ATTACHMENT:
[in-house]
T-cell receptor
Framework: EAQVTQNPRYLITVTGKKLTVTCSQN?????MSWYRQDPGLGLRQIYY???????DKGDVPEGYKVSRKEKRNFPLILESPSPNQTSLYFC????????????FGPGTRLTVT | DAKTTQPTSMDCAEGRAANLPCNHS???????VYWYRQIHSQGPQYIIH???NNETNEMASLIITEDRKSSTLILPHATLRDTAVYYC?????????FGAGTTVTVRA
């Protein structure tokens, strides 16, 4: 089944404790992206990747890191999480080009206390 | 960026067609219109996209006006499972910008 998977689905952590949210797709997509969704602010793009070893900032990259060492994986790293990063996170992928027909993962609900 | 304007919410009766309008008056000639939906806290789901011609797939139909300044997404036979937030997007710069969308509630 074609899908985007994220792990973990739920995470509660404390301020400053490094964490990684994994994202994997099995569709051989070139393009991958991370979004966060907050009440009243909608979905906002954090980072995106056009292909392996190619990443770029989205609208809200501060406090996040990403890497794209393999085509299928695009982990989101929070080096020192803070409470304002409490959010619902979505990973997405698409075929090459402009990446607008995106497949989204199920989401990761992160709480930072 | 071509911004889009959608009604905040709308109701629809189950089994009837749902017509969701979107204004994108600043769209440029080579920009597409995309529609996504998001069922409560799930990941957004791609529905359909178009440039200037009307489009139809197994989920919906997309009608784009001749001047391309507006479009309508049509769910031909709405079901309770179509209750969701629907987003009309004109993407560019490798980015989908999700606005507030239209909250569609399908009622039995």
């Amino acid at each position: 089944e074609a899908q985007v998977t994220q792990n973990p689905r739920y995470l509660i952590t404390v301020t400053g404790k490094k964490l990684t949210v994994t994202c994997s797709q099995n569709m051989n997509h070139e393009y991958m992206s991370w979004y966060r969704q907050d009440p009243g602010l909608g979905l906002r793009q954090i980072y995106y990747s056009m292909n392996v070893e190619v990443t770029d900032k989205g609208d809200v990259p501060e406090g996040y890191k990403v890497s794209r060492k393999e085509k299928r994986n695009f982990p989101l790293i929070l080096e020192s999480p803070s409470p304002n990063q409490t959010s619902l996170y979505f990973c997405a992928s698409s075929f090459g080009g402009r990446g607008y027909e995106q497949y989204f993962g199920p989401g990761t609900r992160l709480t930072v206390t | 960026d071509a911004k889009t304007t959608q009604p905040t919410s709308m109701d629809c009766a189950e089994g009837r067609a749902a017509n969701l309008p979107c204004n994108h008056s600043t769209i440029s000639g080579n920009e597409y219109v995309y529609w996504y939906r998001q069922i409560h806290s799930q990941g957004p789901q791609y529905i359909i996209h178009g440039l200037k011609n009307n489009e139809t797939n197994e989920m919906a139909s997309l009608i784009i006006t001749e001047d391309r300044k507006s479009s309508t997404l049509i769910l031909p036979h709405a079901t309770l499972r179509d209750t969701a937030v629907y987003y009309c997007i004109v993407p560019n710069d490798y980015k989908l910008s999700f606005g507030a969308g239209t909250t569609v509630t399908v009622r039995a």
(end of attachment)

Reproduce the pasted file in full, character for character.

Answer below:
[in-house]
T-cell receptor
Framework: EAQVTQNPRYLITVTGKKLTVTCSQN?????MSWYRQDPGLGLRQIYY???????DKGDVPEGYKVSRKEKRNFPLILESPSPNQTSLYFC????????????FGPGTRLTVT | DAKTTQPTSMDCAEGRAANLPCNHS???????VYWYRQIHSQGPQYIIH???NNETNEMASLIITEDRKSSTLILPHATLRDTAVYYC?????????FGAGTTVTVRA
């Protein structure tokens, strides 16, 4: 089944404790992206990747890191999480080009206390 | 960026067609219109996209006006499972910008 998977689905952590949210797709997509969704602010793009070893900032990259060492994986790293990063996170992928027909993962609900 | 304007919410009766309008008056000639939906806290789901011609797939139909300044997404036979937030997007710069969308509630 074609899908985007994220792990973990739920995470509660404390301020400053490094964490990684994994994202994997099995569709051989070139393009991958991370979004966060907050009440009243909608979905906002954090980072995106056009292909392996190619990443770029989205609208809200501060406090996040990403890497794209393999085509299928695009982990989101929070080096020192803070409470304002409490959010619902979505990973997405698409075929090459402009990446607008995106497949989204199920989401990761992160709480930072 | 071509911004889009959608009604905040709308109701629809189950089994009837749902017509969701979107204004994108600043769209440029080579920009597409995309529609996504998001069922409560799930990941957004791609529905359909178009440039200037009307489009139809197994989920919906997309009608784009001749001047391309507006479009309508049509769910031909709405079901309770179509209750969701629907987003009309004109993407560019490798980015989908999700606005507030239209909250569609399908009622039995």
């Amino acid at each position: 089944e074609a899908q985007v998977t994220q792990n973990p689905r739920y995470l509660i952590t404390v301020t400053g404790k490094k964490l990684t949210v994994t994202c994997s797709q099995n569709m051989n997509h070139e393009y991958m992206s991370w979004y966060r969704q907050d009440p009243g602010l909608g979905l906002r793009q954090i980072y995106y990747s056009m292909n392996v070893e190619v990443t770029d900032k989205g609208d809200v990259p501060e406090g996040y890191k990403v890497s794209r060492k393999e085509k299928r994986n695009f982990p989101l790293i929070l080096e020192s999480p803070s409470p304002n990063q409490t959010s619902l996170y979505f990973c997405a992928s698409s075929f090459g080009g402009r990446g607008y027909e995106q497949y989204f993962g199920p989401g990761t609900r992160l709480t930072v206390t | 960026d071509a911004k889009t304007t959608q009604p905040t919410s709308m109701d629809c009766a189950e089994g009837r067609a749902a017509n969701l309008p979107c204004n994108h008056s600043t769209i440029s000639g080579n920009e597409y219109v995309y529609w996504y939906r998001q069922i409560h806290s799930q990941g957004p789901q791609y529905i359909i996209h178009g440039l200037k011609n009307n489009e139809t797939n197994e989920m919906a139909s997309l009608i784009i006006t001749e001047d391309r300044k507006s479009s309508t997404l049509i769910l031909p036979h709405a079901t309770l499972r179509d209750t969701a937030v629907y987003y009309c997007i004109v993407p560019n710069d490798y980015k989908l910008s999700f606005g507030a969308g239209t909250t569609v509630t399908v009622r039995a």